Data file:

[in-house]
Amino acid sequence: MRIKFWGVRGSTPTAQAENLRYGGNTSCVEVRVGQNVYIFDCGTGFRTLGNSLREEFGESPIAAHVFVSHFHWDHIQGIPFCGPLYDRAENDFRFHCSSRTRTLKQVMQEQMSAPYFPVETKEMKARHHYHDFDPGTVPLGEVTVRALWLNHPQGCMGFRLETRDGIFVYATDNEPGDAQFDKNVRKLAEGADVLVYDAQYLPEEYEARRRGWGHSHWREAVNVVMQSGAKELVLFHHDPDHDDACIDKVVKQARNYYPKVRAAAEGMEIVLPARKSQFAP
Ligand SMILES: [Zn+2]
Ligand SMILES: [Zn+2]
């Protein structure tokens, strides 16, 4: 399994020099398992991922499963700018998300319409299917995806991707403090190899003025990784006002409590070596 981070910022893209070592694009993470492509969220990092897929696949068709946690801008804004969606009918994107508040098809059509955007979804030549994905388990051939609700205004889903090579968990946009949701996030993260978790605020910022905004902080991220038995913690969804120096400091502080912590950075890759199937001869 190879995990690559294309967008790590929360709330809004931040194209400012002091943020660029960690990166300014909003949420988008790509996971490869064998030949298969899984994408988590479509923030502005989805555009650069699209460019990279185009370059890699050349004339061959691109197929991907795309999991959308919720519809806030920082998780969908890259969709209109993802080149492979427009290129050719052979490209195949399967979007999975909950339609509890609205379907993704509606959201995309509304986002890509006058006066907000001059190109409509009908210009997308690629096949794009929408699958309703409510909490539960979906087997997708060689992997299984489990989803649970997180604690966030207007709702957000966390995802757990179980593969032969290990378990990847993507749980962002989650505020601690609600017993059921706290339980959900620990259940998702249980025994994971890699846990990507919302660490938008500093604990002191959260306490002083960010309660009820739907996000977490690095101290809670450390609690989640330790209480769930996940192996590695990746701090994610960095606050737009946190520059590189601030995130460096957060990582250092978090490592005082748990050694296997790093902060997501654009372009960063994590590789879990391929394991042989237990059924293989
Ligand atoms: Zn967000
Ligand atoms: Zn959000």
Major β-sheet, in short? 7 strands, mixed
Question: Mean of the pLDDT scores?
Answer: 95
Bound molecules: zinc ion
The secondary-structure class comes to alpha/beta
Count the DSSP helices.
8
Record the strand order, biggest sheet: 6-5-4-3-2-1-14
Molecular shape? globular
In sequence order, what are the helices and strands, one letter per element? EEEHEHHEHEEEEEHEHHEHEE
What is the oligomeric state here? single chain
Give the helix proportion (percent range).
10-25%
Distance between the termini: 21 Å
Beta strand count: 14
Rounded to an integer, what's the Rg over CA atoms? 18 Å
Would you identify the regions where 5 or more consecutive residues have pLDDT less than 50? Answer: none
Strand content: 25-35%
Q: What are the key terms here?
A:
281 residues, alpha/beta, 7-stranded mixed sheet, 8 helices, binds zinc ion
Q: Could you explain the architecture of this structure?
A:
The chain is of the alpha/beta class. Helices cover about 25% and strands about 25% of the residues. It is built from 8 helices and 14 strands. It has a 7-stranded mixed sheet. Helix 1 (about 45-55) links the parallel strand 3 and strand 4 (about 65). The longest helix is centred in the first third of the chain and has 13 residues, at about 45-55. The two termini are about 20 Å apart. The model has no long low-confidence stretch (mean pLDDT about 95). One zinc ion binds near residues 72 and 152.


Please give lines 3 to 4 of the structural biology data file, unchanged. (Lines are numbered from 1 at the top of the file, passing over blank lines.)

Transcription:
Ligand SMILES: [Zn+2]
Ligand SMILES: [Zn+2]